The committee is also conducting public awareness on Covid-19 and measles through various media outlets.
According to the government, China has been assisting by providing scientific and medical information on the virus.
Revised public health declaration cards that all international visitors and returning residents must fill on arrival and screening of passengers with fever and/or symptoms of measles or Covid-19.
The government further encourages the public to exercise responsibility and issues a stern warning to refrain from creating false rumours that might cause fear and create panic.
Anyone found to be circulating or publishing false information, will be charged under the relevant laws.
In separate developments, Pacific countries are continuing to take active measures to counter the entry and spread of Covid-19 coronavirus, amid the global pandemic.
Australia has became the latest country in the Asia Pacific region to announce strict Covid-19 (coronavirus) measures on Sunday (March 15) , with new requirements that all arrivals from abroad must self-isolate for 14 days.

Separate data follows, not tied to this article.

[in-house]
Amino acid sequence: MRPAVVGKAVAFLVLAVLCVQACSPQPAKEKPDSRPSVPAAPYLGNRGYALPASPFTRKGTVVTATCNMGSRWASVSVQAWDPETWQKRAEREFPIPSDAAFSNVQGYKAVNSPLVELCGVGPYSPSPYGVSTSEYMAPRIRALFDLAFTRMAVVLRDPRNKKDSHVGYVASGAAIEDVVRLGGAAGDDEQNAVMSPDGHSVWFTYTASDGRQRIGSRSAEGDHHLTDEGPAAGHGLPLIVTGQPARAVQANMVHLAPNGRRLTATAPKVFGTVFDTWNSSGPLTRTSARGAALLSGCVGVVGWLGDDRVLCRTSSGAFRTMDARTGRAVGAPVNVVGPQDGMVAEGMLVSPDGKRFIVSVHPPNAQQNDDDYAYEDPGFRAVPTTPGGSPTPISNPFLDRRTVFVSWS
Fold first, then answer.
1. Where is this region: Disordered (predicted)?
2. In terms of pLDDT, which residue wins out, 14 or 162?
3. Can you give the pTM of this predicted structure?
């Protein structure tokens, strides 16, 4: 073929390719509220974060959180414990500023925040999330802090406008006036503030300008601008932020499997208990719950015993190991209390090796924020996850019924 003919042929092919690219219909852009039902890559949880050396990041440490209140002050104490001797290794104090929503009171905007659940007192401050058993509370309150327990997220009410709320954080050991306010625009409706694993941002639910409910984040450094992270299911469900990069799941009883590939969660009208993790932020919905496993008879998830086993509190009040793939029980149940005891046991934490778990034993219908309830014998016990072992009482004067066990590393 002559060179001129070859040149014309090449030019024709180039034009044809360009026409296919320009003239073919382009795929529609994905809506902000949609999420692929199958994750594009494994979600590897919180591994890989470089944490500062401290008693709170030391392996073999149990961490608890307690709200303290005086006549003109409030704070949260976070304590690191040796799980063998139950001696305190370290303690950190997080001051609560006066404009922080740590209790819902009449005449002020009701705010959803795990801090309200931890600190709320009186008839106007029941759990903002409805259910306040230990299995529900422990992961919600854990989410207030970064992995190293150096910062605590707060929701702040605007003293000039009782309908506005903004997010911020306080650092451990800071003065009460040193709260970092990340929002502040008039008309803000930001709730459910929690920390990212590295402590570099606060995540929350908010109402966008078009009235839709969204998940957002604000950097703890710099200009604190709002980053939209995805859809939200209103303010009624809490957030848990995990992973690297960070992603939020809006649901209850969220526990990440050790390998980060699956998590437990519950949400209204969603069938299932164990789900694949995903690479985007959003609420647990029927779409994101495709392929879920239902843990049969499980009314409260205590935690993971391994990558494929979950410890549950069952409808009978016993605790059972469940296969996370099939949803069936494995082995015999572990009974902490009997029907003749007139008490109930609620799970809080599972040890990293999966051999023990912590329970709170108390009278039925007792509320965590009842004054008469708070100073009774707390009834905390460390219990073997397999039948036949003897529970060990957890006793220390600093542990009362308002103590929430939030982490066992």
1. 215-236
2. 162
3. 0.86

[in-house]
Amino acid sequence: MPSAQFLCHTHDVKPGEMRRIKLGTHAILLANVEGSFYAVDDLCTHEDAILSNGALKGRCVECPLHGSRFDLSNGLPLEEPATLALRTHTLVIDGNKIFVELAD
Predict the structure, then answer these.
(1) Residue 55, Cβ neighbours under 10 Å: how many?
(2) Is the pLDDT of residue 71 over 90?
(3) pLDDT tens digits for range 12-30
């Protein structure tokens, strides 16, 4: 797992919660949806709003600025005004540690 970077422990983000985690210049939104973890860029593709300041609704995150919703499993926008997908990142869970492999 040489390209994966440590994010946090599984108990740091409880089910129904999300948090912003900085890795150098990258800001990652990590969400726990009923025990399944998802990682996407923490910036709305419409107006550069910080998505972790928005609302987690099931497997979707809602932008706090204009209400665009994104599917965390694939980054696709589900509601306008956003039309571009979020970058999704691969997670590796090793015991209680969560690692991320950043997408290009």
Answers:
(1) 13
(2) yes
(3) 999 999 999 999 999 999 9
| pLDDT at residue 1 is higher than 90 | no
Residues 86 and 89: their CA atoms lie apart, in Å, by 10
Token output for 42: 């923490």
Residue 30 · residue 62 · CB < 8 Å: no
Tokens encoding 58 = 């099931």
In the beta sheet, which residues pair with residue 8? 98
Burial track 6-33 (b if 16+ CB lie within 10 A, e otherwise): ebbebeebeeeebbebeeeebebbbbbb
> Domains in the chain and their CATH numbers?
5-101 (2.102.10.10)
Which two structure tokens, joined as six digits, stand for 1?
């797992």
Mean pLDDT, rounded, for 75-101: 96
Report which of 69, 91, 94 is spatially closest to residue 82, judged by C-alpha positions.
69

"To help stay ahead of this curve, we will impose a universal self-isolation requirement on all arrivals to Australia and it is effective from midnight tonight," Prime Minister Scott Morrison said in a press conference in Sydney.
Australia's decision comes a day after New Zealand announced the same measures, in what Prime Minister Jacinda Ardern said were "the widest-ranging and toughest border restrictions of any country in the world."
Australia has reported more than 280 confirmed cases of Covid-19, the respiratory disease caused by the new virus, including three deaths.
In the Philippines, checkpoints around the capital Manila were set up on Sunday for the start of a month-long lockdown aimed at halting the spread of the new coronavirus.
All domestic flights to and from Manila were also cancelled, and strict social distancing guidelines were put in place in the area, which covers 16 cities and one municipality. These include the cancellation of Catholic masses, reduced mall hours and restrictions on the number of passengers in public vehicles.